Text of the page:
Gouramis and golden nugget plecos can live in harmony with each other with minimal interactions due to them preferring different living areas.
Angelfish are probably the most popular cichlid you can buy. Their boomerang-shaped body with long dorsal and ventral fish makes for quite an impression in any aquatic environment.
They are hardy, resilient, and require slightly warmer waters to remain comfortable and healthy. Angelfish rank as semi-aggressive cichlids since males tend to be extremely territorial; it’s obviously unwise to keep more than 1 male in a small tank.
Angelfish will live up to 10-12 years in captivity and around 15 years in the wild, provided they don’t succumb to predation in the meantime.
They can accommodate to living with any tank mates, so long as they are not aggressive, territorial, or too small. The latter will activate the angelfish’s lingering hunting tendencies, which could end in a bloodbath.
You shouldn’t worry about that with plecos since they’re far larger than the Angelfish and won’t cross paths so often anyway.
They will make for good tank mates, provided you accommodate both species in their preferred habitats.
6. Tiger Barbs
Tiger barbs are as beautiful as they are vicious and aggressive. They don’t make for reliable community tank additions due to their fiery personalities and inclination towards violence.
Tiger barbs will fight anyone for any reason, including territory, food, females, hierarchy, and sometimes out of the need for fighting.
They are notoriously bad tank mates for long-finned fish like bettas and guppies since they will nip at them constantly. These problems won’t exist in a pleco tank.
Golden nugget plecos and tiger barbs don’t share the same swimming areas, and they won’t interact much. From the barbs’ perspective, they will dominate the entire tank, as the plecos will stick to their substrate and control the bottom. If you like tiger barbs, but you’ve always wanted to keep them in a community tank, this is your chance.
7. Rummy Nose Tetras
The rummy nose tetra is what Rudolph the reindeer would look like if it learned to swim.
This tetra species comes with a light yellow, translucent body, blood-red head, and pitch-black eyes to create the most powerful color contrast you can find.
They share much of tetras’ innate friendly and calm behavior, making them a good fit for any community tank.
These are shoaling fish that like to remain in relatively larger groups, which shouldn’t be too difficult to achieve. After all, they will have the golden nugget pleco as their tank mate in a 50-gallon tank at a minimum.
That space will allow you to keep multiple rummy nose tetras without creating any discomfort to your pleco.
The rummy nose tetra is omnivorous and can grow up to 2.5 inches, which allows you to build quite extensive shoals in the right environment.
Swordtails make for another perfect addition to a well-established community tank. The males are responsible for the name, thanks to their extended caudal fin resembling a sword.
Swordtails live between 3 to 5 years in optimal conditions and will reach an average size of 5.5 inches. This means you can get larger swordtails than that, depending on their genetics, diets, and water parameters over the years.
Swordtails reproduce with ease and don’t mind other tank mates, so long as they are not aggressive or overactive. Fortunately, the golden nugget pleco doesn’t fall in either category.
Just remember that swordtails require more space since they are an active and inquisitive species and, more importantly, that males don’t get along with each other.
The latter is a common theme among all tank fish species anyway, so it goes without saying at this point.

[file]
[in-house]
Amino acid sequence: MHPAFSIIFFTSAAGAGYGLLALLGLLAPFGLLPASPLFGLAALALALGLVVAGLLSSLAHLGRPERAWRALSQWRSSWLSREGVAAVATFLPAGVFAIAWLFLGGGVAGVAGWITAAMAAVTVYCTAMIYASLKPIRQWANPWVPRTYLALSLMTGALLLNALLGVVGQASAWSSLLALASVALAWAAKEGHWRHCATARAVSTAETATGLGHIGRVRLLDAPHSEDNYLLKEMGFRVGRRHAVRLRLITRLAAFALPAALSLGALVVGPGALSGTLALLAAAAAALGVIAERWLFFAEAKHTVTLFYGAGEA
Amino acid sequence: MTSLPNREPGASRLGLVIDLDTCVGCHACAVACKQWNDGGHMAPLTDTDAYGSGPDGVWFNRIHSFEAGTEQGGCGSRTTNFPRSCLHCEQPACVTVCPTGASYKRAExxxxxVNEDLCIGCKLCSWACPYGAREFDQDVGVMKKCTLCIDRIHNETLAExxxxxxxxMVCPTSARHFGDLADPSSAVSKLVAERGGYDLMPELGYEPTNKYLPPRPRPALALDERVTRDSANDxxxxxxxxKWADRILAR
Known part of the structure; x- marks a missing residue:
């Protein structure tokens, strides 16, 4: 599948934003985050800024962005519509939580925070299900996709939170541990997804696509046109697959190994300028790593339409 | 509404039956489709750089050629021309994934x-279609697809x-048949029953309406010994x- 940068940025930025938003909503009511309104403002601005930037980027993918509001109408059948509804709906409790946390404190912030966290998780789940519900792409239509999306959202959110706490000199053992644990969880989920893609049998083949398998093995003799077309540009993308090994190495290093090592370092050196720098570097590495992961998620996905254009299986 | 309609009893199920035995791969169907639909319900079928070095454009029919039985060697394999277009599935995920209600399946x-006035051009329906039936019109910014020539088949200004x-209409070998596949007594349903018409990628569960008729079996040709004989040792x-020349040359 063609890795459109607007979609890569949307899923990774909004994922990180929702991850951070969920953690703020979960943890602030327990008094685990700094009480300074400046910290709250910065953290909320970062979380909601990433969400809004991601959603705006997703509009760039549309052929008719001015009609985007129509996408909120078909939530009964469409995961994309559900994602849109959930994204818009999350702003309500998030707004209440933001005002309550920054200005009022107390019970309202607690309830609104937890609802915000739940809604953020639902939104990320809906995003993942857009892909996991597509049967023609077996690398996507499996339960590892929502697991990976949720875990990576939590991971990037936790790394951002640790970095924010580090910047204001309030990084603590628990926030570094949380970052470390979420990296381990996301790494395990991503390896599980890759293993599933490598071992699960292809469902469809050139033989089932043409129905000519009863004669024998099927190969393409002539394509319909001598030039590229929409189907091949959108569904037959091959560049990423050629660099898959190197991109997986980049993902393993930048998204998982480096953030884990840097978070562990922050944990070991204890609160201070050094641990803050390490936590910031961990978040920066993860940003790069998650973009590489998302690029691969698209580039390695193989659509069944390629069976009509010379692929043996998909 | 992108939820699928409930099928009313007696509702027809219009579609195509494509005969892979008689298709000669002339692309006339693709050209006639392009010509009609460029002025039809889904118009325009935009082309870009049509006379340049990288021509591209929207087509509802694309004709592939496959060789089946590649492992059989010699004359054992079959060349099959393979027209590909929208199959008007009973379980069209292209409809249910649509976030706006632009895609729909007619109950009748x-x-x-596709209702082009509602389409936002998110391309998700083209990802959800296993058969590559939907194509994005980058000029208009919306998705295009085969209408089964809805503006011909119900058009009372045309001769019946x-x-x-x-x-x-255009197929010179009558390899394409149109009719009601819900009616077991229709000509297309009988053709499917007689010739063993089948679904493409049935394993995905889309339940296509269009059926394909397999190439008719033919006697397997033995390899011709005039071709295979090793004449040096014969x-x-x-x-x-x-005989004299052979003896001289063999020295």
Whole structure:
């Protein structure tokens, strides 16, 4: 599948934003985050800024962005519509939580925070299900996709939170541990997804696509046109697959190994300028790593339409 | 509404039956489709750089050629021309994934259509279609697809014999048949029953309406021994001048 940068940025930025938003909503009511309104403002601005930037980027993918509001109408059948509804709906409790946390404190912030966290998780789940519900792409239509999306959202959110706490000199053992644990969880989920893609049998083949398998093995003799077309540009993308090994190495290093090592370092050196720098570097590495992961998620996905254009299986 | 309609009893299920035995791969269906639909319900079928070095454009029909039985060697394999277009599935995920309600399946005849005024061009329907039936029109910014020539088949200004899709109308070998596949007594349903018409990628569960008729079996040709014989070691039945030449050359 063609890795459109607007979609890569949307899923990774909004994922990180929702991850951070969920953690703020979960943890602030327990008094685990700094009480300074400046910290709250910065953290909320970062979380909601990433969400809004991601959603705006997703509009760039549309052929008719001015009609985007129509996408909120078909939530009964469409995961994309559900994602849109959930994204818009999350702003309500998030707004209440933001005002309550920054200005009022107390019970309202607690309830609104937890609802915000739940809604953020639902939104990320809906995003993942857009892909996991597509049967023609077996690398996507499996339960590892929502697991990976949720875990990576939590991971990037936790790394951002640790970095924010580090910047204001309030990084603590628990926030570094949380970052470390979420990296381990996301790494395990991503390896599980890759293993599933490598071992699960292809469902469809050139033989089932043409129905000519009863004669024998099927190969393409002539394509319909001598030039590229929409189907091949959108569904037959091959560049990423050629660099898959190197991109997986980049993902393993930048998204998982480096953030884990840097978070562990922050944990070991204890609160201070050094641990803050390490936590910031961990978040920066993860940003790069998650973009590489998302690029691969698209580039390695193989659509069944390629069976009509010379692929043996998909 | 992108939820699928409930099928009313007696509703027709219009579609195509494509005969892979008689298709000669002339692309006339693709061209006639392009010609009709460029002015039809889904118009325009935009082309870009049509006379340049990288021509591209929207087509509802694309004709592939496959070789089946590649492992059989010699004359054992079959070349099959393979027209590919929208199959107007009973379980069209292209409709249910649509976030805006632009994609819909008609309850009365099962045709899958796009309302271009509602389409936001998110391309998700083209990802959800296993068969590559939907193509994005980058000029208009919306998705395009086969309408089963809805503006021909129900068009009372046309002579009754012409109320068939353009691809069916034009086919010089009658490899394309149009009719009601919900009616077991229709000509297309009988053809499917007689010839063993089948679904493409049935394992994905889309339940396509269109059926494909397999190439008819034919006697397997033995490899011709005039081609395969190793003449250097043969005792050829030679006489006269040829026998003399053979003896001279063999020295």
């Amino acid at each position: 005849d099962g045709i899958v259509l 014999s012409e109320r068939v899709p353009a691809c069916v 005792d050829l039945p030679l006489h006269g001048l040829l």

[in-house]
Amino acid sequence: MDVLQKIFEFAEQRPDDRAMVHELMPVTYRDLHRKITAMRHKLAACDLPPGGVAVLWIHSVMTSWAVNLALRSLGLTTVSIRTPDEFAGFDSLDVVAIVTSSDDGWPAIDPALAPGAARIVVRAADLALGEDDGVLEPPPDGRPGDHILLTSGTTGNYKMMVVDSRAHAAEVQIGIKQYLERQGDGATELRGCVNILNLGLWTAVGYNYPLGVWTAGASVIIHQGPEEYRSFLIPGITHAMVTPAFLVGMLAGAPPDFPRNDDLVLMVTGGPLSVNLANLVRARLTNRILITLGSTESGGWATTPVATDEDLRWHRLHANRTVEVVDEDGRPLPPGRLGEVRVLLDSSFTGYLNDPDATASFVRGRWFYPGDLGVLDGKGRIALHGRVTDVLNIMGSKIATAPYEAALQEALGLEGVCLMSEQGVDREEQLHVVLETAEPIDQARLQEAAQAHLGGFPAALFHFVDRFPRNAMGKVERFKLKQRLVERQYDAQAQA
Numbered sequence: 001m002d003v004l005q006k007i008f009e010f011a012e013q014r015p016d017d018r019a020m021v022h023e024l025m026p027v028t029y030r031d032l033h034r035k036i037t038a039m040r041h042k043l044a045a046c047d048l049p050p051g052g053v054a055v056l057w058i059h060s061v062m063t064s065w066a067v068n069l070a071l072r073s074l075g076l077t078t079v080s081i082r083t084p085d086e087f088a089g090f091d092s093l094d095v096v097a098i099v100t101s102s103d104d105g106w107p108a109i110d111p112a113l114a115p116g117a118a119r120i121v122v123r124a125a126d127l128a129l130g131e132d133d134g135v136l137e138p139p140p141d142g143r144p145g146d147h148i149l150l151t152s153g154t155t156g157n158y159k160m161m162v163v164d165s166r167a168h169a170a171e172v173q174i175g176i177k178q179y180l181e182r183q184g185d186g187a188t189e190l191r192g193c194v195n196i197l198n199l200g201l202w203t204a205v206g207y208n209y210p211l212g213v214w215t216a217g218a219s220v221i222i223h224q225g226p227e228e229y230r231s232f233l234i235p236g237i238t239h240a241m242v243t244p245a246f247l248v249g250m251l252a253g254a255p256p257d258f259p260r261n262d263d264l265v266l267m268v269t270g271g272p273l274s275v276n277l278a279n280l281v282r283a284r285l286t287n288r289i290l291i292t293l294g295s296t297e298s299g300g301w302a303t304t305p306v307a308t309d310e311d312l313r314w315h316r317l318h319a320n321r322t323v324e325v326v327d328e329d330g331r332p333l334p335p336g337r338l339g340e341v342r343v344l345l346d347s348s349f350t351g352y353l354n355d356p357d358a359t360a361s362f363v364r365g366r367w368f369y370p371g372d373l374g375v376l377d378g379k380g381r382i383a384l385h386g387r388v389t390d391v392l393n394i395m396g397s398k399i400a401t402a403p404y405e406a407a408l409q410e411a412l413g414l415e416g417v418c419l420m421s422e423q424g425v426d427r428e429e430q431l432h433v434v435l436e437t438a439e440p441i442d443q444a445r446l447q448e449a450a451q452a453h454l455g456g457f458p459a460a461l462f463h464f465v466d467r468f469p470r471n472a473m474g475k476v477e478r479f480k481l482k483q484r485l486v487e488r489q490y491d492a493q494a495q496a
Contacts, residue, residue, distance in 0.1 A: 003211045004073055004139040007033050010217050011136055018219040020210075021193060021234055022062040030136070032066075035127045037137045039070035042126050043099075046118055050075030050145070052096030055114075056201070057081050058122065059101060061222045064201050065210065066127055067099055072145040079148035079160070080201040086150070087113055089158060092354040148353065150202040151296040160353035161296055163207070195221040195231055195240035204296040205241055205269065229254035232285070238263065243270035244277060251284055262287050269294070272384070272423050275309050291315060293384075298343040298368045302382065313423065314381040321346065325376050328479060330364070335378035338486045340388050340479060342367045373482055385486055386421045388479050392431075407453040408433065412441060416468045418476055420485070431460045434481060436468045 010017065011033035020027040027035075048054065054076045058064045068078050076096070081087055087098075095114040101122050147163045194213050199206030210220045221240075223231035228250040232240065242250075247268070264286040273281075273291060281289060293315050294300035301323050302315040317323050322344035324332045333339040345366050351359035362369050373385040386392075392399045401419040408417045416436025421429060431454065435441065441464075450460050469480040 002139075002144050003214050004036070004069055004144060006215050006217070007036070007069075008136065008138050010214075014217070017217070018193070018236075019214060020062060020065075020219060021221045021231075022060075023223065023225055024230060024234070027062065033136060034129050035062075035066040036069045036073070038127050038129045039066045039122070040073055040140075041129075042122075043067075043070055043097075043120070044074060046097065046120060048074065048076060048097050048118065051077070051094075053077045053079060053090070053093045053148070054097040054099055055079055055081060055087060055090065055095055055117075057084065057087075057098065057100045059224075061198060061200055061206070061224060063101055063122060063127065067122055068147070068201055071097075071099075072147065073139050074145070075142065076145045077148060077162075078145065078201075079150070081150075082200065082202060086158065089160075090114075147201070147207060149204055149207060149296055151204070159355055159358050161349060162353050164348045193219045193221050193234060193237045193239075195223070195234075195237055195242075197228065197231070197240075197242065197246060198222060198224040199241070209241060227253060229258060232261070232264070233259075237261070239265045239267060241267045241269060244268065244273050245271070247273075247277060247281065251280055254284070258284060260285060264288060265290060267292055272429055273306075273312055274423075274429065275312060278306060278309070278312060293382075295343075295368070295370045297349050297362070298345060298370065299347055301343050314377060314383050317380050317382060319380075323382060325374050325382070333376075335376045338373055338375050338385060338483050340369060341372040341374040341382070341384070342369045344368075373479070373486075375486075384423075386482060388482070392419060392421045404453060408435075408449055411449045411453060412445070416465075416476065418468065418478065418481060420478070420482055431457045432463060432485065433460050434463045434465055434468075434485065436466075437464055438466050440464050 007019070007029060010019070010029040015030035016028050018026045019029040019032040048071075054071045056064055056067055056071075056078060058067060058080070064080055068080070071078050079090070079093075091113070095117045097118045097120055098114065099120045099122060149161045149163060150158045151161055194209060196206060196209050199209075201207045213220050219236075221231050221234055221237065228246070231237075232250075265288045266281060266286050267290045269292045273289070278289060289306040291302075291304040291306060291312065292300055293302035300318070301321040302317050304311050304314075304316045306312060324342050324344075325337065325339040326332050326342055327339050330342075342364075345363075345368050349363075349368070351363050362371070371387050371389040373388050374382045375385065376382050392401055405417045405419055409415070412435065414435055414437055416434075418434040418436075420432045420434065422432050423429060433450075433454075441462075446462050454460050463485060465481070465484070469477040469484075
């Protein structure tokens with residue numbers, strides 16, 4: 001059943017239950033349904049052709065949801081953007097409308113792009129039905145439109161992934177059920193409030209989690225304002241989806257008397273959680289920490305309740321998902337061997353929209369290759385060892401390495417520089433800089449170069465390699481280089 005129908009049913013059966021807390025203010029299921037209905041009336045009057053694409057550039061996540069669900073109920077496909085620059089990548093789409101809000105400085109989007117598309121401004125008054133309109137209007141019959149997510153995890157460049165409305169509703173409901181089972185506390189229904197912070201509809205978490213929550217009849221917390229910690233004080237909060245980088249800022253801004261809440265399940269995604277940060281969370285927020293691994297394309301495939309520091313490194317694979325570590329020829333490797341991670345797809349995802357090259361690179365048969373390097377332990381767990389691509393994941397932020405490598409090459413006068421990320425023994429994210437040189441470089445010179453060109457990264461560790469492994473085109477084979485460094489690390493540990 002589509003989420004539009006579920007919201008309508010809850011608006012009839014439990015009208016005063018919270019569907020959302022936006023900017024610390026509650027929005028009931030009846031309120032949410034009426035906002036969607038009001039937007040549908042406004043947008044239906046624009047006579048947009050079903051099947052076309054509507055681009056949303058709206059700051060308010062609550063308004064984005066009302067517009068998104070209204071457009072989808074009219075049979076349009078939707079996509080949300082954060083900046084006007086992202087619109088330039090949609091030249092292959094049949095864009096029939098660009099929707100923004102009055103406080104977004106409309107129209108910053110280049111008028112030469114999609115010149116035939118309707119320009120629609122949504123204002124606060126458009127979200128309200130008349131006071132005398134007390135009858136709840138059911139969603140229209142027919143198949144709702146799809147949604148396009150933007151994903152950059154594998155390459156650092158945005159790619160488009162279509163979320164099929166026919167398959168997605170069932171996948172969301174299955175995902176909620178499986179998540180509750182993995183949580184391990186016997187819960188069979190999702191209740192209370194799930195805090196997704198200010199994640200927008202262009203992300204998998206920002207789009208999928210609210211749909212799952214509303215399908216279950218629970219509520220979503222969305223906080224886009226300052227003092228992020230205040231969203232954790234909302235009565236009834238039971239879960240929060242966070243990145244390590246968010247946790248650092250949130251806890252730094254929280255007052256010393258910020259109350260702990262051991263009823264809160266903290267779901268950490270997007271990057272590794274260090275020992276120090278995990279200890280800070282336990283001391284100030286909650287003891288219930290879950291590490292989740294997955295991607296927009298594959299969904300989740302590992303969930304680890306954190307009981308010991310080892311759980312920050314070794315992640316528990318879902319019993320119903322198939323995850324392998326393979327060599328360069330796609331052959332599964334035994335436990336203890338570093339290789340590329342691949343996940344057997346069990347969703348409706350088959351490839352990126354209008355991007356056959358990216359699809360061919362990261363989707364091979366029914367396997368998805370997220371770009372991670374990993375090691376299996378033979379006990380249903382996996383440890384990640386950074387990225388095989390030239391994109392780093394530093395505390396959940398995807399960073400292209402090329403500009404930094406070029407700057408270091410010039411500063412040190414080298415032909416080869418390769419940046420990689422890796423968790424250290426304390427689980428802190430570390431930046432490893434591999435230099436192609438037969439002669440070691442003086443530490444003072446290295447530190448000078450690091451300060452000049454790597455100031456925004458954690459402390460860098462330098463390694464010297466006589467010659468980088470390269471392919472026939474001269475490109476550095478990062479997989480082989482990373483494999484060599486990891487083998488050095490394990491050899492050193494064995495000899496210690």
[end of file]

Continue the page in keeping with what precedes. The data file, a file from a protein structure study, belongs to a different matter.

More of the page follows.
9. Ram Cichlids
Ram cichlids are a popular tank option for several aspects.
- Unusual shyness – Ram cichlids are rather unusually shy when compared to other cichlids. They need a variety of hiding spots to remain comfortable and stress-free in their habitat.
- Parental care – Few fish species provide their offspring with adequate care upon hatching. Guppies, for instance, will even consume their own fry on many occasions. Ram cichlids will care for their young for quite a while, following hatching, protecting them from other fish, and helping them grow.
- Peaceful demeanor towards other species – This peaceful behavior is atypical for cichlids, but it’s what contributes to ram cichlids’ popularity the most. They won’t bother themselves to attack other tank mates so long as they are not provoked first.
Setting aside their friendly personality, these are cichlids at the end of the day. This means that cichlid-to-cichlid aggression is common among their ranks, especially among males.
Ram cichlids can be quite territorial, causing males to fight among themselves and other cichlids entering their territory.
To prevent that, decorate the tank with a variety of plants, rocks, and woody elements to provide natural hiding places. These will break the line of sight between the males, contributing to a safer and more peaceful aquatic environment.
Ram cichlids are great tank partners for golden nugget plecos since they will rarely interact with each other.
They also share much of their environmental preferences in terms of water quality, temperature, and even diets.
10. Celestial Pearl Danio
You may know this one as the Galaxy Rasbora or, even more likely, you may not know about it at all. That’s because the celestial danio is a newcomer in the aquarium world, having been introduced on the market within the last decade.
These small fish, only reaching up to 1 inch in average length, work great for peaceful community tanks.
Their color patterns involve a dark blue background with white or yellow spots, reminding of the night sky (hence, the name.) The base of the fins is orange or red, while the eyes are almost always oversized, too large for their tiny skulls.
These are joyful and adaptable fish that will thrive in a natural-looking habitat with stable water parameters. The only deterrent I can think of when trying to pair them with plecos would be the temperature.
Golden nugget plecos prefer temperatures ranging between 75 to 85 F, while celestial danios thrive in temperatures between 73 to 79 F.
So, there is some room here, but you need a heater to monitor and adjust the water temperature accordingly.
Golden nugget plecos are breathtaking catfish that grow in popularity by the day.
You can keep them in solo tanks since they don’t require the presence of other plecos to feel comfortable.
Or, as this article has shown, you can accommodate them in a community tank, provided you take all precautions to avoid any unwanted surprises along the way.
Just remember that this species requires impeccable water conditions and don’t like fluctuations in their water parameters. Oh, and don’t try to breed them since your chances of succeeding are closer to 0 than you would like.
Other than that, their easy-going attitude and peaceful personality will do the rest.